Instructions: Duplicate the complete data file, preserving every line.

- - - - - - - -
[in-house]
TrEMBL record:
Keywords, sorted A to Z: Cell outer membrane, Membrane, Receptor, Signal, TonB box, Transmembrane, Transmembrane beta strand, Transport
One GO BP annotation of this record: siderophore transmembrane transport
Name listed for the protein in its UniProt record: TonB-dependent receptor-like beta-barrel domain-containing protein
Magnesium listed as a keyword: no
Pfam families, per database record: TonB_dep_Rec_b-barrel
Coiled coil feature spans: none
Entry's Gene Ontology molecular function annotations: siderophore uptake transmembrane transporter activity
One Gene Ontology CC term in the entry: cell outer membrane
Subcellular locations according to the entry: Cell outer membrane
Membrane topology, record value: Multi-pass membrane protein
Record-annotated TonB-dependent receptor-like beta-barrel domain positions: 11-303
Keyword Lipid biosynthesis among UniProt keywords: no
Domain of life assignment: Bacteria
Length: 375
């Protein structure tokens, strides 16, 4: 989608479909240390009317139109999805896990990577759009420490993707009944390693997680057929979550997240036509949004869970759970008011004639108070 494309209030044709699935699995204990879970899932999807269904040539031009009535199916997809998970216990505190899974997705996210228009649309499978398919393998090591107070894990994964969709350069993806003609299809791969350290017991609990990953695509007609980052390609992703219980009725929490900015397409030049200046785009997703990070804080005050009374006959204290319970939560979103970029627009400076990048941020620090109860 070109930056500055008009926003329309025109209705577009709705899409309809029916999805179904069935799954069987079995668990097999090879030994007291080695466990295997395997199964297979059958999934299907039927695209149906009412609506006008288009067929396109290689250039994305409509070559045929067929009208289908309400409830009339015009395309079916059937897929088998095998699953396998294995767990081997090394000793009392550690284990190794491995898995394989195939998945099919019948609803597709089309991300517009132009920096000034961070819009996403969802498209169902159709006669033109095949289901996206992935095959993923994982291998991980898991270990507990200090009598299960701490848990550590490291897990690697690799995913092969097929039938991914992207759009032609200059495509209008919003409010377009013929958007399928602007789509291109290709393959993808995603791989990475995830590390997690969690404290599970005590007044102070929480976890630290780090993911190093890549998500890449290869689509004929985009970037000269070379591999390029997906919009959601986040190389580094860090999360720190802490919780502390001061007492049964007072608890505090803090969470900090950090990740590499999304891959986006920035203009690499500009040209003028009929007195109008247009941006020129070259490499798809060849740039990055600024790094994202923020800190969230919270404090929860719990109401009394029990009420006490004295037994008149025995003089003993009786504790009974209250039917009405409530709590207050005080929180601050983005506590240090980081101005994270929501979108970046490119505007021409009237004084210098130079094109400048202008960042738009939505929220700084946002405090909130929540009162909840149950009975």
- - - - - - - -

[in-house]
TrEMBL record:
Keywords, sorted A to Z: Cell outer membrane, Membrane, Receptor, Signal, TonB box, Transmembrane, Transmembrane beta strand, Transport
One GO BP annotation of this record: siderophore transmembrane transport
Name listed for the protein in its UniProt record: TonB-dependent receptor-like beta-barrel domain-containing protein
Magnesium listed as a keyword: no
Pfam families, per database record: TonB_dep_Rec_b-barrel
Coiled coil feature spans: none
Entry's Gene Ontology molecular function annotations: siderophore uptake transmembrane transporter activity
One Gene Ontology CC term in the entry: cell outer membrane
Subcellular locations according to the entry: Cell outer membrane
Membrane topology, record value: Multi-pass membrane protein
Record-annotated TonB-dependent receptor-like beta-barrel domain positions: 11-303
Keyword Lipid biosynthesis among UniProt keywords: no
Domain of life assignment: Bacteria
Length: 375
């Protein structure tokens, strides 16, 4: 989608479909240390009317139109999805896990990577759009420490993707009944390693997680057929979550997240036509949004869970759970008011004639108070 494309209030044709699935699995204990879970899932999807269904040539031009009535199916997809998970216990505190899974997705996210228009649309499978398919393998090591107070894990994964969709350069993806003609299809791969350290017991609990990953695509007609980052390609992703219980009725929490900015397409030049200046785009997703990070804080005050009374006959204290319970939560979103970029627009400076990048941020620090109860 070109930056500055008009926003329309025109209705577009709705899409309809029916999805179904069935799954069987079995668990097999090879030994007291080695466990295997395997199964297979059958999934299907039927695209149906009412609506006008288009067929396109290689250039994305409509070559045929067929009208289908309400409830009339015009395309079916059937897929088998095998699953396998294995767990081997090394000793009392550690284990190794491995898995394989195939998945099919019948609803597709089309991300517009132009920096000034961070819009996403969802498209169902159709006669033109095949289901996206992935095959993923994982291998991980898991270990507990200090009598299960701490848990550590490291897990690697690799995913092969097929039938991914992207759009032609200059495509209008919003409010377009013929958007399928602007789509291109290709393959993808995603791989990475995830590390997690969690404290599970005590007044102070929480976890630290780090993911190093890549998500890449290869689509004929985009970037000269070379591999390029997906919009959601986040190389580094860090999360720190802490919780502390001061007492049964007072608890505090803090969470900090950090990740590499999304891959986006920035203009690499500009040209003028009929007195109008247009941006020129070259490499798809060849740039990055600024790094994202923020800190969230919270404090929860719990109401009394029990009420006490004295037994008149025995003089003993009786504790009974209250039917009405409530709590207050005080929180601050983005506590240090980081101005994270929501979108970046490119505007021409009237004084210098130079094109400048202008960042738009939505929220700084946002405090909130929540009162909840149950009975």